Morning Report: Why there hasn’t been much wage growth (yet) 6/4/18

Vital Statistics:

Last Change
S&P futures 2743 9.7
Eurostoxx index 388.45 1.55
Oil (WTI) 65.49 -0.32
10 Year Government Bond Yield 2.91%
30 Year fixed rate mortgage 4.54%

Stocks are higher this morning on no real news. Bonds and MBS are flattish.

We should have a relatively quiet week coming up, with not much in the way of data and no Fed-speak.

Friday’s jobs report was pretty much a Goldilocks report as far as the markets are concerned. Strong job growth, with respectable (but controlled) wage growth is exactly what the Fed wants to see. Tomorrow, we will get the JOLTS job openings report, which should show job openings of around 6.5 million.

Academics are scratching their heads trying to figure out why wage growth is so slow with unemployment below 4%. With the economy at “full employment” at least according to the unemployment numbers, how can so many jobs still be created? And if unemployment is below 4% and we are at a record number of job openings, where is the wage growth?

First of all, the jobs report had wage growth at 2.7%, and the core PCE inflation rate is 2%. So, we do have inflation-adjusted (i.e. real) wage growth. Second, productivity is a puzzle. It has been low for a decade, and part of the issue is that productivity is notoriously hard to measure, especially when valuable goods are “free” or hard to measure. Think of social media, which has all sorts of entertainment value and productivity enhancing value, yet is supposedly free. Yes, you are paying with your data, but what is your data worth? Productivity calculations need a dollar value. Productivity has been low, but there is a huge uncertainty range around that number.

I think a huge part of the issue is the fact that the unemployment rate excludes anyone who has been unemployed over 6 months, and there is a huge reservoir of workers on the sidelines who want to return to the labor force. Companies know this, and all they have to do is relax their standards (i.e. hire people who have been out of the labor force for a while) and they will fill their positions. At the end of the day, this is a numbers game. The employment-population ratio has been steadily increasing since 1970 as women have entered the workforce. It peaked in 2000, bottomed after the Great Recession, and has been steadily working its way upward. The demographic factor (retiring baby boomers) is probably getting overplayed here, as most people no longer can retire at 65 (and there really is no reason why most can’t continue to work).

Leftist economics are arguing that employers are somehow colluding to keep wages low, and therefore are suggesting a panoply of policy levers designed to artificially force up wages and increase unionization. Aside from non-competes in the rarefied air of Silicon Valley engineers, generally this doesn’t happen – cartels are almost impossible to make work (witness OPEC) and there are simply too many employers who don’t compete with each other to coordinate it, even if they wanted to.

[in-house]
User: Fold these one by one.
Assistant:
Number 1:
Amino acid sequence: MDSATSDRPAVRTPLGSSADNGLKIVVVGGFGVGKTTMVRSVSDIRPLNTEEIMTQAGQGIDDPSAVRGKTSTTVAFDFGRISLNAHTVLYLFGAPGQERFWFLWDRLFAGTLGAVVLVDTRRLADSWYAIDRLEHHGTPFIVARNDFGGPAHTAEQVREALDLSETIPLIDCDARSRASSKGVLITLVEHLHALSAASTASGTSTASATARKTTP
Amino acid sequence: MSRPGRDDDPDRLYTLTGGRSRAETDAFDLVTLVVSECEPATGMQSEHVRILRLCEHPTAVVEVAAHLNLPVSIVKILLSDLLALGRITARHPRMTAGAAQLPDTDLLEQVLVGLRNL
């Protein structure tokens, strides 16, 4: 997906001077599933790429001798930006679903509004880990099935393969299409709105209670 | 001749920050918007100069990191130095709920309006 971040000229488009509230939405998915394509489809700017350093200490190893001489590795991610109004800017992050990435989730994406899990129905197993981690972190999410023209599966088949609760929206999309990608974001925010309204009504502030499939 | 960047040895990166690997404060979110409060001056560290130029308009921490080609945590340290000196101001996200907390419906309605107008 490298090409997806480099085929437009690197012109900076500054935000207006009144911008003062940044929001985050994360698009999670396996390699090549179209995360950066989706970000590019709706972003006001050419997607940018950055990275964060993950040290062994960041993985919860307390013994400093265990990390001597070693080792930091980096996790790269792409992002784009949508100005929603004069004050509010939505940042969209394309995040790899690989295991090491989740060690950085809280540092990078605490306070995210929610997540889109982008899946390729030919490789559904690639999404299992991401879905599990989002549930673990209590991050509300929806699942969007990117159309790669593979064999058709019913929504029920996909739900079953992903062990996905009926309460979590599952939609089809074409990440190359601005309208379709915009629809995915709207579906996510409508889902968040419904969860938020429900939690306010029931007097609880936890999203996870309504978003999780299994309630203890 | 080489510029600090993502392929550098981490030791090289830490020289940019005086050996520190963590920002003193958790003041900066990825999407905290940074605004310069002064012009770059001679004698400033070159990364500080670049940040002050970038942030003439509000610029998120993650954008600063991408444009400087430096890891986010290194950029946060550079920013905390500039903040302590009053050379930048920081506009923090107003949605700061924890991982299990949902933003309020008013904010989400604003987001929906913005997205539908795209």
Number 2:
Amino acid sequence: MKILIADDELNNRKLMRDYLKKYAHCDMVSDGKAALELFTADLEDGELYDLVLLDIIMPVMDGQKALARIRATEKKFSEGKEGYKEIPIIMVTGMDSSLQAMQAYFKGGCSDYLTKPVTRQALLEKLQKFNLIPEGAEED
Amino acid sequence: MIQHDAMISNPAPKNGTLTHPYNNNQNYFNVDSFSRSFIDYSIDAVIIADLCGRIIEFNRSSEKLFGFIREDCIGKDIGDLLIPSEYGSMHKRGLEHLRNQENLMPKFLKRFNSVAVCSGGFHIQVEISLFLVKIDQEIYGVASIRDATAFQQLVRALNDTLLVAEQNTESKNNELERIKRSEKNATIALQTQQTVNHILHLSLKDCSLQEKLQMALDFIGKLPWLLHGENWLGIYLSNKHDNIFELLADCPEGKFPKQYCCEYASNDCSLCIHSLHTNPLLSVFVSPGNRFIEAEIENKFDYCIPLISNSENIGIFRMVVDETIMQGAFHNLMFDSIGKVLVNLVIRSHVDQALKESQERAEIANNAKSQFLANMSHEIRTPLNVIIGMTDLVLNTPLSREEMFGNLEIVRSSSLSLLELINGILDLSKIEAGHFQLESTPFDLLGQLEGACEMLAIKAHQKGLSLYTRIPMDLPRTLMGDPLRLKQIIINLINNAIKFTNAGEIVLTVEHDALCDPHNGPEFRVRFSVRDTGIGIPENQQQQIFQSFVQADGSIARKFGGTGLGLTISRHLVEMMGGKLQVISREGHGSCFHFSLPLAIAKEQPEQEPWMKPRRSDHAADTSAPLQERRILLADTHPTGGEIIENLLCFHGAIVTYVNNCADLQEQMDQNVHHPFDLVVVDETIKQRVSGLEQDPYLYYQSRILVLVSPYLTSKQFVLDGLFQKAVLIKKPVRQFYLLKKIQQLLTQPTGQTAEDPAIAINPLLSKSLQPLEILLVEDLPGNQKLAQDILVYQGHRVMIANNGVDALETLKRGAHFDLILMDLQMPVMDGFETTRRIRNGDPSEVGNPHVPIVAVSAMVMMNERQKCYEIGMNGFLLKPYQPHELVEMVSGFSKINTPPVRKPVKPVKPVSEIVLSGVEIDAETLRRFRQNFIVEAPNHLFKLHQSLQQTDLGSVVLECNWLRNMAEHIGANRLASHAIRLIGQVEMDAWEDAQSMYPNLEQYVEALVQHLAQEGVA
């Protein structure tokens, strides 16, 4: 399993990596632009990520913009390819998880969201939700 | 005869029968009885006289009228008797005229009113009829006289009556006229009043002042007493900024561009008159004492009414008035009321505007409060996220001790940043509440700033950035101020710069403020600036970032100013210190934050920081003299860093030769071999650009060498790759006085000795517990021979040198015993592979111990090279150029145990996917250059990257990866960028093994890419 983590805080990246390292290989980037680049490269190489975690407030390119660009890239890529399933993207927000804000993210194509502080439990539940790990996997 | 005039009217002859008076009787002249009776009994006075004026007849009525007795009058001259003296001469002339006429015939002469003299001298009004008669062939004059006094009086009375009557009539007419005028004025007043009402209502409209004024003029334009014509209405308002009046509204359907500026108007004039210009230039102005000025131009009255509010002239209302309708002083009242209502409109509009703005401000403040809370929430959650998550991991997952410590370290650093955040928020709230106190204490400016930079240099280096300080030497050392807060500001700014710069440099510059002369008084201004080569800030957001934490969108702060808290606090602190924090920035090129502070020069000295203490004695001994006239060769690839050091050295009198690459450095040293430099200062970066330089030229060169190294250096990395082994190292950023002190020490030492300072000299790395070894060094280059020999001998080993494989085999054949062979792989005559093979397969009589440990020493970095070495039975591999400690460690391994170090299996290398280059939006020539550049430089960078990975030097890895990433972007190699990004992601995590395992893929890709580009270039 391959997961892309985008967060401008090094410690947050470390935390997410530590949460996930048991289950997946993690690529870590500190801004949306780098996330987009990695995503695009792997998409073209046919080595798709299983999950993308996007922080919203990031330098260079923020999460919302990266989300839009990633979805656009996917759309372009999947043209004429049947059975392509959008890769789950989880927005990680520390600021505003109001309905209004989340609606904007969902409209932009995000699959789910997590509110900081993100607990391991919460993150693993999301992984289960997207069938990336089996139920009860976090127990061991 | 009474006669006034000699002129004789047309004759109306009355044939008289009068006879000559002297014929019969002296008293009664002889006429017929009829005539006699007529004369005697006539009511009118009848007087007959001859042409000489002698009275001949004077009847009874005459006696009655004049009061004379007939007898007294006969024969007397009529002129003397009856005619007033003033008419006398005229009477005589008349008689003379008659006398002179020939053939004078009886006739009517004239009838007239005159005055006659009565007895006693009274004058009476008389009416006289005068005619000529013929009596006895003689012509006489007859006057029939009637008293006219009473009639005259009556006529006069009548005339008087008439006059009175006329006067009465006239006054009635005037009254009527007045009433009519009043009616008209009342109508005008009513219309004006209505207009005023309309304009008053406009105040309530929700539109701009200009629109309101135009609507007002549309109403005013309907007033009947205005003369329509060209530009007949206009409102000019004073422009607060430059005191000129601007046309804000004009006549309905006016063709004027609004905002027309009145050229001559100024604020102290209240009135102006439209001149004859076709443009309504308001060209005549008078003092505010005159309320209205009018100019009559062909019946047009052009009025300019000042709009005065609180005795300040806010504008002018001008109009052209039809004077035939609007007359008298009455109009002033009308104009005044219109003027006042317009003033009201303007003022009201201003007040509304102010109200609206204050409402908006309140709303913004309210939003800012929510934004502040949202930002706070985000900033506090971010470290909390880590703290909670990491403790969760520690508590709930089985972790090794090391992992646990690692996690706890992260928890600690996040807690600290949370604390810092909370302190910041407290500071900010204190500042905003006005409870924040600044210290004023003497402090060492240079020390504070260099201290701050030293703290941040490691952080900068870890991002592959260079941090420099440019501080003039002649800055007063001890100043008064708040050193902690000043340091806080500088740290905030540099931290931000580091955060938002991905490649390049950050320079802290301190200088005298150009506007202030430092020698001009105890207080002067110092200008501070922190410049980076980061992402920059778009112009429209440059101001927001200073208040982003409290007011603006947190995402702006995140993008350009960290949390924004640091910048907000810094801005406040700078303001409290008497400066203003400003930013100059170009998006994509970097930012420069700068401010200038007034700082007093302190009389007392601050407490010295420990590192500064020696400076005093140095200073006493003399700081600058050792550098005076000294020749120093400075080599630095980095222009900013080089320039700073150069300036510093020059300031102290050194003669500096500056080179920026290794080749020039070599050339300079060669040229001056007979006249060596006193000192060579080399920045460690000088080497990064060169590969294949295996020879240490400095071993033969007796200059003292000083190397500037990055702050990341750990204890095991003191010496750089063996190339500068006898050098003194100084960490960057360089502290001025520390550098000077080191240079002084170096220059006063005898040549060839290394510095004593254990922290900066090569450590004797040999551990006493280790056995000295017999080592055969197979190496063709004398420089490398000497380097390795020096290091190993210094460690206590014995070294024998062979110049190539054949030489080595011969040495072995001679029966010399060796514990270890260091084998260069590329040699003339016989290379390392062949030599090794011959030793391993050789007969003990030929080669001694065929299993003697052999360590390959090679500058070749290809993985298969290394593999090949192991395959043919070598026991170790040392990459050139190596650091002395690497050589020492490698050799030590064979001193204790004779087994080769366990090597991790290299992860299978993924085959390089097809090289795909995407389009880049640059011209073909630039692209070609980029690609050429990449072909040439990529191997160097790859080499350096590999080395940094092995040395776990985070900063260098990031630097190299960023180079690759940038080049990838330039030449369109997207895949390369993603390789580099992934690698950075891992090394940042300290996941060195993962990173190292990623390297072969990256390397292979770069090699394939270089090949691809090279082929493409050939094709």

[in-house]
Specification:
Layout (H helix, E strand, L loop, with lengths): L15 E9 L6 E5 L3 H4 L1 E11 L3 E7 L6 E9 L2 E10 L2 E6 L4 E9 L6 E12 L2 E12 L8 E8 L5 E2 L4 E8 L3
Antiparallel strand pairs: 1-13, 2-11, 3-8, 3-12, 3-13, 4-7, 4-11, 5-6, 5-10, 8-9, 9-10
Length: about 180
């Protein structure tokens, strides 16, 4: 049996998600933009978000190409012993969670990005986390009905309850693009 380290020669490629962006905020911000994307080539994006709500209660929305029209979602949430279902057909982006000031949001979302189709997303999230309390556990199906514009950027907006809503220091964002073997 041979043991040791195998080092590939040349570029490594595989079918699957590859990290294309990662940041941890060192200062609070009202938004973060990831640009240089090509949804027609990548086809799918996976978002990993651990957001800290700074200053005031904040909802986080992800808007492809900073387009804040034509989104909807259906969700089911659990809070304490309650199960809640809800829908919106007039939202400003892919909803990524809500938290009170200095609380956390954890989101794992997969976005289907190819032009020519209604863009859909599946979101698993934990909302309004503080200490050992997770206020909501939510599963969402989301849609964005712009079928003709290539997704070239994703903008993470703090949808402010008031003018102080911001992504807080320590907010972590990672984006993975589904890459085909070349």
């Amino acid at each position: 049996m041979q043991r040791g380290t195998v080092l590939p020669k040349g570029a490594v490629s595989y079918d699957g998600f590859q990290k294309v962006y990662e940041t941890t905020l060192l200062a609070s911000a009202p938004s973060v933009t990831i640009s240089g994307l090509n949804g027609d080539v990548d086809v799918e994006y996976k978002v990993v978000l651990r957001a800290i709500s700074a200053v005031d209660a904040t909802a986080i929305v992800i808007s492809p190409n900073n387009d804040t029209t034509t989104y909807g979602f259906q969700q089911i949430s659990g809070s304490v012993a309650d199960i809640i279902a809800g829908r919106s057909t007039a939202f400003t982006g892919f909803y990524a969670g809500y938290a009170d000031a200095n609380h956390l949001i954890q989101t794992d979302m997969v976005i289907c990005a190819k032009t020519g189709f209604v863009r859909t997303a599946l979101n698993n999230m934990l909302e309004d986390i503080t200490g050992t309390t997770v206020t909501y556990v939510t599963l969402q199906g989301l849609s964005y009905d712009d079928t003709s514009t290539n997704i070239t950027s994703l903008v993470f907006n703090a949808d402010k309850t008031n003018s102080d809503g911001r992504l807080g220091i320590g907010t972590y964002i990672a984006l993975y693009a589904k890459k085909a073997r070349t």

Instead of jumping to the “market failure” conclusion, the answer is that there is more slack in the labor market than the numbers suggest. There may be a mismatch of skills, where there is high demand in areas where there aren’t a lot of available workers (skilled trades, data scientists) but overall the employment population ratio doesn’t lie. The last time we saw decent wage growth was the 90s, where the employment-population ratio was around 63%. The latest number was 60.4%. That difference in a population of 326 million is about 8.5 million jobs. That is about 3 year’s worth of job growth, without population growth which is still measurable at 0.7% a year. Even if you take into account the 6.5 million job openings, you still have probably 2 million extra workers on the sidelines. IMO, that is your answer about wage growth, not monopsony of collusion, which is just a specious argument for more government intervention in the labor markets.

Chart: Employment-population ratio.

employment population ratio

House price appreciation continues apace, and between rising price and interest rates, the monthly house payment on the median house with 20% down has increased by $150 a month, according to Black Knight Financial Services. Income growth at 2.7% is not going to keep up with home price appreciation, which is running at around 6% a year. When rates were falling, we were able to paper over that issue with lower mortgage payments, but that game is over. Housing starts are still way too low, and that question is even more perplexing than wage growth.

Note that private equity is now building homes for rent, which should alleviate some of the supply problem. It was only a matter of time until new entrants saw the opportunity that the big builders have been sitting on. Politicians are getting sick and tired of the lack of housing supply (especially at the lower price points).

Friday’s jobs report reversed the Euro-driven drop in the June Fed Funds futures. At one point, they were predicting a 81% chance of a hike. Now it is back up to a near certainty. The December futures are predicting a 40% chance of 4 or more hikes this year and a 60% chance of 3 or less.

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